Tuesday, 5 February 2013

All the dead dears

I am loving the chance to visit lots of museums with our older three kids in Cambridge. (We tend to do the museum visits on the days Dave can work from home for a couple of hours during the middle of the day, while Lydia is having her sleep time). There are so many good museums in Cambridge, and they're all free! At the moment, we're visiting at least one a week and planning to return to many of them more than once in our six months here.

Today we went to the Museum of Archaeology and Anthropology, hoping to see (among other things) some artefacts we'd read about which were dug up from a Celtic burial site just around the corner from the place we are living at the moment. We didn't find them (I don't think they're currently on display - but it's possible we just missed them!), but we found a whole lot of other treasures, including this Roman skeleton excavated from the Cambridge area in the 1950s.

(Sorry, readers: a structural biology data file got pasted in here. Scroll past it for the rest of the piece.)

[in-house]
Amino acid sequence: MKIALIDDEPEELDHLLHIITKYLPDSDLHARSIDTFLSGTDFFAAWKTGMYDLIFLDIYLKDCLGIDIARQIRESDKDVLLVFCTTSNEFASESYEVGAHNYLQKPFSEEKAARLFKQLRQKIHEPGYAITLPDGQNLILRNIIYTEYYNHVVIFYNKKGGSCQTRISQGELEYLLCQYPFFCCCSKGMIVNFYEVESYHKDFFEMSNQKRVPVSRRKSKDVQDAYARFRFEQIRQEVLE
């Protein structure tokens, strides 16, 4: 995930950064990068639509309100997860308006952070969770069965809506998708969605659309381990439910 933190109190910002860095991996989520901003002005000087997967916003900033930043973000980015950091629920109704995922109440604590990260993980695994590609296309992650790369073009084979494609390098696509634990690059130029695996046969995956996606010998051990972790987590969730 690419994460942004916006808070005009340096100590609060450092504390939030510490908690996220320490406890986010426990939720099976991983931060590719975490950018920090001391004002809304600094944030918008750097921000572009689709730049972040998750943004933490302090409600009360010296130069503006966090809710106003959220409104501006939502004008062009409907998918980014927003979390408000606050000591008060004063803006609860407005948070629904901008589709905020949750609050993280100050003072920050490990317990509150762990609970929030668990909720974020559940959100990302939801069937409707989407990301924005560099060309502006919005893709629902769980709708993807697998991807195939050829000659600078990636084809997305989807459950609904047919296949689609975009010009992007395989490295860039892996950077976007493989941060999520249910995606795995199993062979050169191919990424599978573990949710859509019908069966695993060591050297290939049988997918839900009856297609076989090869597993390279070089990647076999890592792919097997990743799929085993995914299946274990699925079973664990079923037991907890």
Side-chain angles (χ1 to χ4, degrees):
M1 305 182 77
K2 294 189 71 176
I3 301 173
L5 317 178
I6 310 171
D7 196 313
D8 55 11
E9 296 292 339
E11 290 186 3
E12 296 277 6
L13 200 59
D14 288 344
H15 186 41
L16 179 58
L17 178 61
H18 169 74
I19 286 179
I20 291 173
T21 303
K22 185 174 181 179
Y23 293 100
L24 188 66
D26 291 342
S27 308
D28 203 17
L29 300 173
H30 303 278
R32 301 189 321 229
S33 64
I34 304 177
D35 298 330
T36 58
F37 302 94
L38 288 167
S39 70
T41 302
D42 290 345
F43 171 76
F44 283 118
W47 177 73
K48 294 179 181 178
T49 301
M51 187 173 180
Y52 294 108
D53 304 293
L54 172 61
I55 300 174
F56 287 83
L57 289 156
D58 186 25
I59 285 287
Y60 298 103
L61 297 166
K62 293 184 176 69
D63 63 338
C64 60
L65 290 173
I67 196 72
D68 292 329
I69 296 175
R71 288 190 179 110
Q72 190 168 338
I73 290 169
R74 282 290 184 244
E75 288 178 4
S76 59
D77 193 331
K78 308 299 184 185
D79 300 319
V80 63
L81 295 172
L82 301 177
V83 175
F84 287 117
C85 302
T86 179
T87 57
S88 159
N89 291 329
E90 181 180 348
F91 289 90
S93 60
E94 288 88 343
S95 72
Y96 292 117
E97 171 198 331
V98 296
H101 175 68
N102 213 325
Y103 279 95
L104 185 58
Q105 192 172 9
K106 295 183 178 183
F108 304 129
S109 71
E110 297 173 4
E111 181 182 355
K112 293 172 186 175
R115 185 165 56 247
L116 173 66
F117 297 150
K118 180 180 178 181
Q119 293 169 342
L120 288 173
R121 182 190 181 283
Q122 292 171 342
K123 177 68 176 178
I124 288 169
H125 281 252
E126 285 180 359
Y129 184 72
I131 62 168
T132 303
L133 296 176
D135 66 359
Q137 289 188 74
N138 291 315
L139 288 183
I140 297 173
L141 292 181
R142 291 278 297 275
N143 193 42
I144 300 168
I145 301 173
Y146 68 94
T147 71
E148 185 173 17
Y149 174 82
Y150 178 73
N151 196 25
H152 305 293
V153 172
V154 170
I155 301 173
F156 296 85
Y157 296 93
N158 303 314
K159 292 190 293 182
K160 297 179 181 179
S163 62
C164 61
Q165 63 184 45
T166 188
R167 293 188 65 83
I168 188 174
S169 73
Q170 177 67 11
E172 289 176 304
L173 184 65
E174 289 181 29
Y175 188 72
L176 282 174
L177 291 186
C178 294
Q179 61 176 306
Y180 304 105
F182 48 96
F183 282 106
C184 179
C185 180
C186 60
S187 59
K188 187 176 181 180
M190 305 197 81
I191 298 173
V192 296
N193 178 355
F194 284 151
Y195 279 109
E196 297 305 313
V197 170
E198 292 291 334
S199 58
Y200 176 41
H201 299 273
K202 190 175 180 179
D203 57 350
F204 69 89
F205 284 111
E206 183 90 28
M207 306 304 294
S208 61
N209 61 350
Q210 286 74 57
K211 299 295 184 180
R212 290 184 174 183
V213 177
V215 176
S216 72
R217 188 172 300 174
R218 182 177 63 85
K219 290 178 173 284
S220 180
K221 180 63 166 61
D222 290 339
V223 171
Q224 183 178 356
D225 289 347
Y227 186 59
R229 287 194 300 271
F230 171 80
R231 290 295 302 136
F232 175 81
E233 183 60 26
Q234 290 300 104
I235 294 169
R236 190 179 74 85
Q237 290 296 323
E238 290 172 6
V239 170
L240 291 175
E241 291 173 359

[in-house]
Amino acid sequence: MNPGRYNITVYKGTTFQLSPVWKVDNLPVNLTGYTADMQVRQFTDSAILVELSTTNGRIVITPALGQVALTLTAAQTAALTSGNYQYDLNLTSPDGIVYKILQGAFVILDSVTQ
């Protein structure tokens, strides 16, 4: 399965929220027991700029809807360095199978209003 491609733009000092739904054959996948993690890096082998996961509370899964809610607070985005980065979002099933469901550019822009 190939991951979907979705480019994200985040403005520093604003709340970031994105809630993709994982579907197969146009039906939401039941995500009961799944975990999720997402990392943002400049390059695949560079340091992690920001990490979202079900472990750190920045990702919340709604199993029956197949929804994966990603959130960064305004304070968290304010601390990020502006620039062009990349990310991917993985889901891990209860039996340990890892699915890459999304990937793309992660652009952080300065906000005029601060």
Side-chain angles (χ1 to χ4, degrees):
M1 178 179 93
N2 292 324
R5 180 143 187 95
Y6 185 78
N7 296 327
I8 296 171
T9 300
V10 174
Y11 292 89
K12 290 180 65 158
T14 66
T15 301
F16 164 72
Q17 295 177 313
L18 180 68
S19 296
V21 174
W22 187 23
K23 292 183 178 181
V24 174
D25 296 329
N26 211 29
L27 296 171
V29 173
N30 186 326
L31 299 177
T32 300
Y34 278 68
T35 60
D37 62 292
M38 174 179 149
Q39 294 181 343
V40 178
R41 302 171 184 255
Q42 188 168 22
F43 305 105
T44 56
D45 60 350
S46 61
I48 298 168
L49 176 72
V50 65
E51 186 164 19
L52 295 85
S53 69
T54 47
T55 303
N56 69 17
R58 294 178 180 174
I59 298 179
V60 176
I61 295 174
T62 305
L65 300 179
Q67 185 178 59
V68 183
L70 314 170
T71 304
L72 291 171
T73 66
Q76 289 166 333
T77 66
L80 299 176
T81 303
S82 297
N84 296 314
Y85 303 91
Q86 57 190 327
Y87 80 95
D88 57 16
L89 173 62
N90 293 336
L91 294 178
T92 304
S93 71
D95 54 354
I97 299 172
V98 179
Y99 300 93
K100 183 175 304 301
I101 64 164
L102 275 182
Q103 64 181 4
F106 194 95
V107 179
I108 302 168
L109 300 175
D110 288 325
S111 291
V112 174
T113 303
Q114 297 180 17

It was the same skeleton that Sylvia Plath saw in the museum when she was a student here, and which inspired the poem, All the Dead Dears.

It's a haunting depiction of the "barnacle dead" and how they "grip us through thin and thick." Here's the ending:
Any touch, taste, tang's 
Fit for those outlaws to ride home on, 

And to sanctuary: usurping the armchair 
Between tick 
And tack of the clock, until we go, 
Each skulled-and-crossboned Gulliver 
Riddled with ghosts, to lie 
Deadlocked with them, taking roots as cradles rock.

After my own graveyard discoveries the other day, I found it especially poignant!

Image from Cambridge News

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